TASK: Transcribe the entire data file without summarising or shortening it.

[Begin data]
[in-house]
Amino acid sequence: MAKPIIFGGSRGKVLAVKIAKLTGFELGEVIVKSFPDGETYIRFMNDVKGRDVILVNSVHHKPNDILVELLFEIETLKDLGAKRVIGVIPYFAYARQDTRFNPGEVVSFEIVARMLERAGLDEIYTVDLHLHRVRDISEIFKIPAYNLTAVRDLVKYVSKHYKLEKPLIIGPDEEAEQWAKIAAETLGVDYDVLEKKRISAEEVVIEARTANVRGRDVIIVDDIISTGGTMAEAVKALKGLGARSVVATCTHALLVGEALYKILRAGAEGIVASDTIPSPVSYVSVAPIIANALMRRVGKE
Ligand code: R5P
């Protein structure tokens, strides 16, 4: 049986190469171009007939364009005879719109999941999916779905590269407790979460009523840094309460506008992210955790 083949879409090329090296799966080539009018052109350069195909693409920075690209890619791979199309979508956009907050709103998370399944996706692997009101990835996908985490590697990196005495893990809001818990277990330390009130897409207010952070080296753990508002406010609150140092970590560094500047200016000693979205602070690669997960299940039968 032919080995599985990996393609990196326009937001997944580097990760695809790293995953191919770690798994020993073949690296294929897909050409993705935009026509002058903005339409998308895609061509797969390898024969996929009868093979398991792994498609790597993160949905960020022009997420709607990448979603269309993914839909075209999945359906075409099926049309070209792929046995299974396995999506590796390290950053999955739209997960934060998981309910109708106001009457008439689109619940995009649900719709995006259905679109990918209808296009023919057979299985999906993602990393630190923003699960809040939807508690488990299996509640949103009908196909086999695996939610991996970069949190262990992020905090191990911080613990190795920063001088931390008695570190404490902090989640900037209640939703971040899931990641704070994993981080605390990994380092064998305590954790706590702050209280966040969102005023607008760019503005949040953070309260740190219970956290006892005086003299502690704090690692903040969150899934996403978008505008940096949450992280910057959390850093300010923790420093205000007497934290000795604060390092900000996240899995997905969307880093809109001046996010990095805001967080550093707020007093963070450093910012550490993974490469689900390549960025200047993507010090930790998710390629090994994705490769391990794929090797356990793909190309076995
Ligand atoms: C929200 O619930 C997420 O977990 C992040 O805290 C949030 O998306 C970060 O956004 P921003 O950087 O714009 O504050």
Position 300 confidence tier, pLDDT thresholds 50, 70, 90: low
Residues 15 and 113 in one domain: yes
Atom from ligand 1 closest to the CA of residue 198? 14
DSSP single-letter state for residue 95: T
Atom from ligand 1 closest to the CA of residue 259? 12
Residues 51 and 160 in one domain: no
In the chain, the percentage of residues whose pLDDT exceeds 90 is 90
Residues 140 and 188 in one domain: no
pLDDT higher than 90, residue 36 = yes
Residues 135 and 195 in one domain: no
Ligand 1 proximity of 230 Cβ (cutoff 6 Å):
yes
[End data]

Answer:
[in-house]
Amino acid sequence: MAKPIIFGGSRGKVLAVKIAKLTGFELGEVIVKSFPDGETYIRFMNDVKGRDVILVNSVHHKPNDILVELLFEIETLKDLGAKRVIGVIPYFAYARQDTRFNPGEVVSFEIVARMLERAGLDEIYTVDLHLHRVRDISEIFKIPAYNLTAVRDLVKYVSKHYKLEKPLIIGPDEEAEQWAKIAAETLGVDYDVLEKKRISAEEVVIEARTANVRGRDVIIVDDIISTGGTMAEAVKALKGLGARSVVATCTHALLVGEALYKILRAGAEGIVASDTIPSPVSYVSVAPIIANALMRRVGKE
Ligand code: R5P
């Protein structure tokens, strides 16, 4: 049986190469171009007939364009005879719109999941999916779905590269407790979460009523840094309460506008992210955790 083949879409090329090296799966080539009018052109350069195909693409920075690209890619791979199309979508956009907050709103998370399944996706692997009101990835996908985490590697990196005495893990809001818990277990330390009130897409207010952070080296753990508002406010609150140092970590560094500047200016000693979205602070690669997960299940039968 032919080995599985990996393609990196326009937001997944580097990760695809790293995953191919770690798994020993073949690296294929897909050409993705935009026509002058903005339409998308895609061509797969390898024969996929009868093979398991792994498609790597993160949905960020022009997420709607990448979603269309993914839909075209999945359906075409099926049309070209792929046995299974396995999506590796390290950053999955739209997960934060998981309910109708106001009457008439689109619940995009649900719709995006259905679109990918209808296009023919057979299985999906993602990393630190923003699960809040939807508690488990299996509640949103009908196909086999695996939610991996970069949190262990992020905090191990911080613990190795920063001088931390008695570190404490902090989640900037209640939703971040899931990641704070994993981080605390990994380092064998305590954790706590702050209280966040969102005023607008760019503005949040953070309260740190219970956290006892005086003299502690704090690692903040969150899934996403978008505008940096949450992280910057959390850093300010923790420093205000007497934290000795604060390092900000996240899995997905969307880093809109001046996010990095805001967080550093707020007093963070450093910012550490993974490469689900390549960025200047993507010090930790998710390629090994994705490769391990794929090797356990793909190309076995
Ligand atoms: C929200 O619930 C997420 O977990 C992040 O805290 C949030 O998306 C970060 O956004 P921003 O950087 O714009 O504050």
Position 300 confidence tier, pLDDT thresholds 50, 70, 90: low
Residues 15 and 113 in one domain: yes
Atom from ligand 1 closest to the CA of residue 198? 14
DSSP single-letter state for residue 95: T
Atom from ligand 1 closest to the CA of residue 259? 12
Residues 51 and 160 in one domain: no
In the chain, the percentage of residues whose pLDDT exceeds 90 is 90
Residues 140 and 188 in one domain: no
pLDDT higher than 90, residue 36 = yes
Residues 135 and 195 in one domain: no
Ligand 1 proximity of 230 Cβ (cutoff 6 Å):
yes